Health and Wellness: Power of Pets
About 95 percent of pet owners consider their furry friends to be family members, and about half will buy them a birthday or holiday present this year, according to a Harris Poll. But did you know these relationships also have positive effects on your physical and mental health? Read on for the myriad of ways pets help humans heal.
The Feeling is Mutual
“There have been studies [done proving that] the benefits are mutual, and the relationship is essential to the well-being of both the human and the animal,” says Wendy Goossen, CTR, director of cancer services at Marshall Medical Center. “Studies have shown that oxytocin levels are increased in dogs when they interact with their owner as opposed to strangers.”
Something that makes the human-animal relationship so easy is that it’s not complicated, says Jeremy Ernst, DO, psychiatrist at Marshall Medical Center. “It allows people to have nonjudgmental love,” he continues.
Let’s Get Physical
Susan Garlinghouse, DVM, a veterinarian at Goldorado Animal Hospital in Cameron Park, says dog owners, on average, tend to walk almost twice as much per week as non-dog owners, and are 54 percent more likely to meet the recommended levels of physical exercise.
Having a family pet will benefit the health of your kids, too. “In young families, according to a study published in Clinical & Experimental Allergy, children exposed to pets in their first year are less likely to suffer from allergies and eczema as adults,” Garlinghouse says.
Bonded for Life
According to Garlinghouse, “Studies have indicated that young adults with deep bonds to a pet feel more connected in relationships and to their communities, and are more likely to take on leadership roles than those without pets.”
No Judgement Zone
Garlinghouse says pets don’t care how you look, how much money you make, or what kind of car you drive—they’re just happy to be with you and to have your attention. “A good portion of these feelings of higher self-esteem probably stem from that. It’s hard not to feel better about yourself when your dog thinks you’re terrific just the way you are,” she says.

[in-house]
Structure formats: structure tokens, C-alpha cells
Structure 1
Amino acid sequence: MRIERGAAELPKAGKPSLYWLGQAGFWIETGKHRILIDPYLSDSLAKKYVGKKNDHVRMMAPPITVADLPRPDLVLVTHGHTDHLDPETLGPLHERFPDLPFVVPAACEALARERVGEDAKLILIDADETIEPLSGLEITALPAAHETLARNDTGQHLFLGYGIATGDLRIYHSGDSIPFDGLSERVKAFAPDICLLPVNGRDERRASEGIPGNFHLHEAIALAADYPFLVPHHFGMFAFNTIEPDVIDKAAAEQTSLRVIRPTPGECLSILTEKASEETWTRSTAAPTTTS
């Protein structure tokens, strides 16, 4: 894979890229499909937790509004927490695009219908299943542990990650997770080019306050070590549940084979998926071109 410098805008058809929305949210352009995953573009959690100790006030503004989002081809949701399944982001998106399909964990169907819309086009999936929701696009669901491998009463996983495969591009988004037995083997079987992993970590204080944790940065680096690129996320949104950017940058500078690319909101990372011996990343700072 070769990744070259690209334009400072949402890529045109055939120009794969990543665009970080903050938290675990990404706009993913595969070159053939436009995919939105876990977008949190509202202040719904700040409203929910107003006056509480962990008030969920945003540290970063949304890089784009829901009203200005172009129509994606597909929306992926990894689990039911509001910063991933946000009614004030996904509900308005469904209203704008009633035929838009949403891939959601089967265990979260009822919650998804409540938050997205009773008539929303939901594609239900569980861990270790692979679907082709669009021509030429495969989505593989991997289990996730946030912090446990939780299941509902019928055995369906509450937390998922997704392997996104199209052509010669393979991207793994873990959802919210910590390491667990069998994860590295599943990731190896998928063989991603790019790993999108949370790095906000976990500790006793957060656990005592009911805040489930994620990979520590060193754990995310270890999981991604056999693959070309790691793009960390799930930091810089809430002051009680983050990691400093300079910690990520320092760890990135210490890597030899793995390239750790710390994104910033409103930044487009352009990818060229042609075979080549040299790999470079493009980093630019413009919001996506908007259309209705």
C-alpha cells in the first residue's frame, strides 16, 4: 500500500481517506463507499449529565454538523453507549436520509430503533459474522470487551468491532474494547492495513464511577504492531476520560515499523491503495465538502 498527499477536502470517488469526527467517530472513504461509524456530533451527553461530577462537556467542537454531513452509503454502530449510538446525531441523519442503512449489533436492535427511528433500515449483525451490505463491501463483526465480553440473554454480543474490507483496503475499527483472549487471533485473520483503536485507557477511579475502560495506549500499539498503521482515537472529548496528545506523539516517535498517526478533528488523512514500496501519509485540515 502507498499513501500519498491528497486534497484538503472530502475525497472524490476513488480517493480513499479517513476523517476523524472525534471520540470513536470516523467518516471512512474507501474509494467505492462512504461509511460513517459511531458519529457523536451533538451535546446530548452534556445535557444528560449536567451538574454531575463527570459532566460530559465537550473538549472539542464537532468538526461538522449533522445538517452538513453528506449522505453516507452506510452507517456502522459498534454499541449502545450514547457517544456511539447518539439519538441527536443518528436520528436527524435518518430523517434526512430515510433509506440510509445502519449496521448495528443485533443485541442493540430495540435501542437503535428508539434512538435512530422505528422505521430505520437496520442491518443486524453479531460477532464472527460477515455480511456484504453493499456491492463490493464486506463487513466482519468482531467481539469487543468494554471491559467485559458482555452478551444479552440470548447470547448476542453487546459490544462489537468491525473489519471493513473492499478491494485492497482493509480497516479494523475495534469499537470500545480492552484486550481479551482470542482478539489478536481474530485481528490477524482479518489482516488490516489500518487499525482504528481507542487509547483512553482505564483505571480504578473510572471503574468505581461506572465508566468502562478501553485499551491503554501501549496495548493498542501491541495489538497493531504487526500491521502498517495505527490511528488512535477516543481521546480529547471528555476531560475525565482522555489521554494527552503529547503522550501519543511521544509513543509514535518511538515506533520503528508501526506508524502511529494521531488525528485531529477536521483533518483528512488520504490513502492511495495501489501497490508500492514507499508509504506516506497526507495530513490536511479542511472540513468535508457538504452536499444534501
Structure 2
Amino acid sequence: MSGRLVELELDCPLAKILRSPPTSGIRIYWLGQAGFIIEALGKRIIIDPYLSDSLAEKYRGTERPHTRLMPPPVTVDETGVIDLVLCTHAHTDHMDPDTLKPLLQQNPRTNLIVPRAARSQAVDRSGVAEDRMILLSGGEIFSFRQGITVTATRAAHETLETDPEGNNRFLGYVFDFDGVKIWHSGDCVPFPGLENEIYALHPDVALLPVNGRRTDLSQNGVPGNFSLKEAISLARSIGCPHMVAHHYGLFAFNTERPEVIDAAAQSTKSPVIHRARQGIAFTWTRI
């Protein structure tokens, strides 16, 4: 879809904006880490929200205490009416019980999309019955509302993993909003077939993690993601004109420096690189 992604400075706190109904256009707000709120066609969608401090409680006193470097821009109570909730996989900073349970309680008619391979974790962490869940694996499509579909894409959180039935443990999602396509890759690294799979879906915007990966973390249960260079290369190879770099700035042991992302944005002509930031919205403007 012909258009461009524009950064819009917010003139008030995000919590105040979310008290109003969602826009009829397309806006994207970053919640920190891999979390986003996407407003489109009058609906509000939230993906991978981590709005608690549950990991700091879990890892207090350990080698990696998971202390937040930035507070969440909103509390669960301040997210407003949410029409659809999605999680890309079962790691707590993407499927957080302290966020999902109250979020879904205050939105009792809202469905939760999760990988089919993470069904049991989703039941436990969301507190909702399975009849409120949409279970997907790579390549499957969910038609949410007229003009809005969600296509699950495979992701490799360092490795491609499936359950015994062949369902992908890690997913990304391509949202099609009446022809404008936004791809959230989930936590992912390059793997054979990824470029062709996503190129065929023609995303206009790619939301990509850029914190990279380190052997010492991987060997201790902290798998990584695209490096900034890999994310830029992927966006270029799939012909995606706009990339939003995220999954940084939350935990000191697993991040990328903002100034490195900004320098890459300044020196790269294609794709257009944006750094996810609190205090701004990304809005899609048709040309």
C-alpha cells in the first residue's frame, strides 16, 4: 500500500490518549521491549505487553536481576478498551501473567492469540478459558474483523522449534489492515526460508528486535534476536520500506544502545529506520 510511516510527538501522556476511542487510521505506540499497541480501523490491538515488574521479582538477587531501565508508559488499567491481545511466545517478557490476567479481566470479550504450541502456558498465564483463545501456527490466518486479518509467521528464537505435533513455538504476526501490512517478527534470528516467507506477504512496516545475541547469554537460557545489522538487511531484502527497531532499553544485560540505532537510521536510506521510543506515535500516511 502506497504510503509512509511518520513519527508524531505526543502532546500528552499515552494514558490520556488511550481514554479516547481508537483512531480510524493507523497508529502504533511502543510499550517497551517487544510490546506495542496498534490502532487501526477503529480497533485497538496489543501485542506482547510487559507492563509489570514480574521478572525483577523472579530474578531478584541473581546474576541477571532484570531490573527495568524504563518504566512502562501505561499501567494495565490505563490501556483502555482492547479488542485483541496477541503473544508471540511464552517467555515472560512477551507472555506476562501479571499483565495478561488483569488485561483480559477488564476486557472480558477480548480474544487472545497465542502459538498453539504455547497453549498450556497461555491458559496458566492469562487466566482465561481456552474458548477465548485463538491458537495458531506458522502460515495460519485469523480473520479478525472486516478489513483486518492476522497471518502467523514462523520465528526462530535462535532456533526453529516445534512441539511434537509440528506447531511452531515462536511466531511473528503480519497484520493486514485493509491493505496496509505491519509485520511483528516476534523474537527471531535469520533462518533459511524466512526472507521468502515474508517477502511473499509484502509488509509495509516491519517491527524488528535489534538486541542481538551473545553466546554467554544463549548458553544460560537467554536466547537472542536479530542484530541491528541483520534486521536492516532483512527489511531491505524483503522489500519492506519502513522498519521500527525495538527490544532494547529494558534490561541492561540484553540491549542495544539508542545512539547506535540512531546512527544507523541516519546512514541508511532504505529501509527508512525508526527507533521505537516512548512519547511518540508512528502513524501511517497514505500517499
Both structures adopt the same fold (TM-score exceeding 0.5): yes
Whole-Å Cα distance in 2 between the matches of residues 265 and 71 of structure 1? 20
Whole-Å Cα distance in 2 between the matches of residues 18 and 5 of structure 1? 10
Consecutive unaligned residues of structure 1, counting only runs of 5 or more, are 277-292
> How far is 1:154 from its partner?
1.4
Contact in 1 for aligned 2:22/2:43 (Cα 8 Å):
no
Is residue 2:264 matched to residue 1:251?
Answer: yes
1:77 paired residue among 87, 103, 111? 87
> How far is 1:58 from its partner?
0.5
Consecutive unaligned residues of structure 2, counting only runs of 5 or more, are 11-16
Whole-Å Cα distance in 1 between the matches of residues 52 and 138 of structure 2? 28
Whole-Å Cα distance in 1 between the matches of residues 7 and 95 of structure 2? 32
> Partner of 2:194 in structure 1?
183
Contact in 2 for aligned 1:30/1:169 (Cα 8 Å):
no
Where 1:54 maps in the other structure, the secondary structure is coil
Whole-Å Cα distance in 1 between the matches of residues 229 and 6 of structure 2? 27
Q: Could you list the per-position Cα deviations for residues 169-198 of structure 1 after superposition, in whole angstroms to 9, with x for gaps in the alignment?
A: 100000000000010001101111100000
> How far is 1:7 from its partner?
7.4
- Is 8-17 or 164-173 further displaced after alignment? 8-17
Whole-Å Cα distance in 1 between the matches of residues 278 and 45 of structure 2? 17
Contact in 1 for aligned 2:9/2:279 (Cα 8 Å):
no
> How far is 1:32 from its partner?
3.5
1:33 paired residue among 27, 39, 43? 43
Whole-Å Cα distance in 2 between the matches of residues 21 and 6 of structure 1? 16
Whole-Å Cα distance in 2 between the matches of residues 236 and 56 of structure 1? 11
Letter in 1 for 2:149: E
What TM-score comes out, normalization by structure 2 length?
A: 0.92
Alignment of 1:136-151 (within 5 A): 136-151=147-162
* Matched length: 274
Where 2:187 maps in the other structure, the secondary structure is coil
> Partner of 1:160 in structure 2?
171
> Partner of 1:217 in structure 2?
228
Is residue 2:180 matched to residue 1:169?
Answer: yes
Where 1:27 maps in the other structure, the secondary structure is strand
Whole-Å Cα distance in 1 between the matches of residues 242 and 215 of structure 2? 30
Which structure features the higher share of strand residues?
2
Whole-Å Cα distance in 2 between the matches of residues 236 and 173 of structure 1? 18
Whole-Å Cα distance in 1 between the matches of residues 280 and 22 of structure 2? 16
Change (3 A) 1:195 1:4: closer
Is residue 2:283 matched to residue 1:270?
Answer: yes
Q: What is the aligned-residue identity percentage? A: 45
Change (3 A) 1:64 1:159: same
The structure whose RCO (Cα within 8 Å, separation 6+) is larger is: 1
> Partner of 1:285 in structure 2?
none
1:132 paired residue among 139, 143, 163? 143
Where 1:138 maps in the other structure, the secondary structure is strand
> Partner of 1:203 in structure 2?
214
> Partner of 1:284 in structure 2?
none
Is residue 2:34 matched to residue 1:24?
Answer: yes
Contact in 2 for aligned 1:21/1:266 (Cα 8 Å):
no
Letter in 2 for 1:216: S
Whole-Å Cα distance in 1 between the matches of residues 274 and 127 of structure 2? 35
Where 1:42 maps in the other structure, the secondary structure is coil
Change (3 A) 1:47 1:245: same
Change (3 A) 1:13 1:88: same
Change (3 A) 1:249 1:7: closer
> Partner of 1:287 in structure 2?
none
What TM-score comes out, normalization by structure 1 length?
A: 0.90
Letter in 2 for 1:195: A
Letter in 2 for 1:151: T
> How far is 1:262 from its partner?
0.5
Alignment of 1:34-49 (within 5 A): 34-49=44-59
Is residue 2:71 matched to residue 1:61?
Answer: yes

And it’s not just dogs that help our well-being. “A lot of these benefits come from caring for almost any pet,” Garlinghouse says. “In one study, stressed adults decreased their anxiety levels when they stroked a rabbit or a turtle but not when they handled a toy rabbit or turtle.”
In Sickness and in Health
Facility dogs Henry, Penny, Marty, Feather, and Glimmer are graduates of Canine Companions for Independence who, along with child life specialists at Sutter Children’s Center, help make life in the hospital a little less stressful by providing joy and comfort to pediatric patients and their families. [Studies show that] pain reduction is four times greater in children undergoing animal-assisted therapy compared to those relaxing for 15 minutes,” says Amy Medovoy, child life coordinator at Sutter Medical Center in Sacramento. “Patients feel less lonely, less depressed, and enjoy the change in routine. For inpatient adolescents, the presence of a dog on the unit improve outcomes by redefining the inpatient environment and providing unconditional acceptance.”
Forming an attachment to animals is a combination of both biological and social needs. “Those endorphins released when we have a positive interaction with an animal just makes you feel good,” Garlinghouse says. “No matter how rotten your day has been, no matter how judged or criticized you might feel from people around you, no matter how lonely or isolated you might be feeling, it’s a great feeling to come through the door and know your pets are always delighted to see you and think you’re absolutely wonderful.”
by Kourtney Jason
Title photo ©Tatyana Gladskih - stock.adobe.com.
First photo ©Nadezhda - stock.adobe.com.
Second photo © PETER KIM/fotolia.com.